Havasu is a robot that helps you find out what films are on when. You talk to Havasu through instant messenger.
Havasu is a material exploration of conversational user interfaces. The goal of the project was to explore ways of interacting that aren’t menus or GUIs; manners of interaction more like dialogue, or polite listening, facilitated by agents or AIs that could not really be called “smart”. It’s very much in line with the notions of “Fractional AI” and “BASAAP” that we are interested in.
We hoped to discover a little more about conversational user interfaces by making one. And so the goal of Havasu was to explore this space over a three-week period, at the end of which we’d have a working public beta, no matter how crude.
We began with a long list of questions as to what this kind of UI might be. Are conversational interfaces more about the shapes of conversation, as opposed to the content? Back-and-forth dialogue, incrementally moving towards an “end”, might be more conversational than a UI that parsed natural language. Lanyrd, for instance, could be called conversational, because it politely listens to you on Twitter and does stuff based on what you say.
Is it important that machines engaging in conversation observe the conventions of that space – much as Snap observed the conventions of RSS? And could conversational interfaces exist between two machines – using public, conversational space like Twitter to share knowledge, rather than APIs hidden under the surface of the internet?
To keep the scope of Havasu simple, we made a few assumptions. For now, the scope of Havasu would be limited to a single IM platform (Jabber) enabled by Imified. We’d use film listings as a dataset, both because it made for a compelling, understandable product, and also because data was readily available for it.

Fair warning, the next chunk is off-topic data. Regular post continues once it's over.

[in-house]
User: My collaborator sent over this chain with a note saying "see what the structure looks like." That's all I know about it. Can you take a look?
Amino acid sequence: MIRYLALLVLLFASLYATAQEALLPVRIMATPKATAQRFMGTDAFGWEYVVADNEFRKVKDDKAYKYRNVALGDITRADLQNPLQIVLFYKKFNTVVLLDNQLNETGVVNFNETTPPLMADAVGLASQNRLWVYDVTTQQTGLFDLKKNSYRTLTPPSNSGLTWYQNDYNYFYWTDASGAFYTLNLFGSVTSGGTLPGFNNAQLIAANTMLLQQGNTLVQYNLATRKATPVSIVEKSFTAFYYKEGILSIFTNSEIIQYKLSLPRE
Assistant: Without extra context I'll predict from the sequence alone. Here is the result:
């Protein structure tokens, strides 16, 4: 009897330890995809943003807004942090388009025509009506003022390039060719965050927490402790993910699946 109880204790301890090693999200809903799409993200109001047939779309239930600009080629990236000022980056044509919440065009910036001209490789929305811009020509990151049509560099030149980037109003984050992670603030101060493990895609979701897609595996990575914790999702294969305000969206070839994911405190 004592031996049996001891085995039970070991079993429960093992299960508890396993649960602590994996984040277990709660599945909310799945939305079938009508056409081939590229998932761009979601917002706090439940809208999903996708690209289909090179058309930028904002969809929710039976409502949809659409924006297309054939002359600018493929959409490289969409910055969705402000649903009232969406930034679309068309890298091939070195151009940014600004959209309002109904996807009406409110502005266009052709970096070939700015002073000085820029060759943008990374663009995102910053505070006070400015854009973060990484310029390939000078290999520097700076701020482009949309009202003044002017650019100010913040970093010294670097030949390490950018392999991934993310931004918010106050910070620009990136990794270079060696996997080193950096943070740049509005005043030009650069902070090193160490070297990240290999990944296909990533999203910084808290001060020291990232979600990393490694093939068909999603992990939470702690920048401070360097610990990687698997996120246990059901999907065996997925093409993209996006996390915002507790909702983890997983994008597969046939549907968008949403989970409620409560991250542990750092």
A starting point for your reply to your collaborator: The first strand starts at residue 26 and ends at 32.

When you say ‘hello’ to Havasu, it explains a little about itself:
It can understand simple phrases:
and single words:
It’s generally better with terseness rather than florid conversation. If it doesn’t understand something, it’ll try to always keep the conversation moving forward.
If you ask it about a postcode where there’s only one cinema nearby, it assumes you mean that cinema:
At sensible points in the conversation, the conversation can branch:
You can talk to Havasu yourself. It’s available to any Jabber-compatible client (such as Google Talk) as
Though Havasu is very fragile as an interface, it helped us to gain a much better understanding of what exactly makes an interface conversational.
How would we improve Havasu if we were to write it again?
Firstly, there’s no need for the bot to understand complex natural language. There are three pieces of “knowledge” it needs to capture: a time, a place, and the name of a film. By asking very specific questions, that expect a certain type of information in response, there’s no need to do complex natural-language processing for Havasu to understand them. Until Havasu has ascertained two of those, it should ask direct questions to gain enough information to hint at a third. For example:
Once Havasu has two pieces of information, it can start make suggestions about a third, which the user may agree to.
This is difficult to represent as a traditional flowchart, because this type of conversation isn’t linear: the same set of “knowledge” can be reached by a variety of routes. This table is an attempt at representing the conversation when Havasu knows two or three pieces of information. Each row represents a possible set of knowledge:
At any point, the user should be able replace one of the earlier pieces of information – such as suggesting a different place, or a different time, or even by using a modifier such as “earlier” or “later“.
It’s up to Havasu to determine – contextually – what sort of information is being replaced. For instance, “earlier” is input that would refer to changing the time being discussed, whereas “WC1 0AU” is input that changes the postcode being solved for.
If a response seems out-of-context for one type of information – for instance, Havasu recognizing a postcode when it’s expecting the name of a film – Havasu should assume that the user wants to change the location under discussion. It should always attempt to keep the conversation moving forward with pertinent information.
These improvements highlight the key things we learned about conversational interfaces through making Havasu:
- they are not in any way dependent on natural language
- they are not linear or hierarchical, but more akin to a modeless system
- they should be able to detect context changes in the input they receive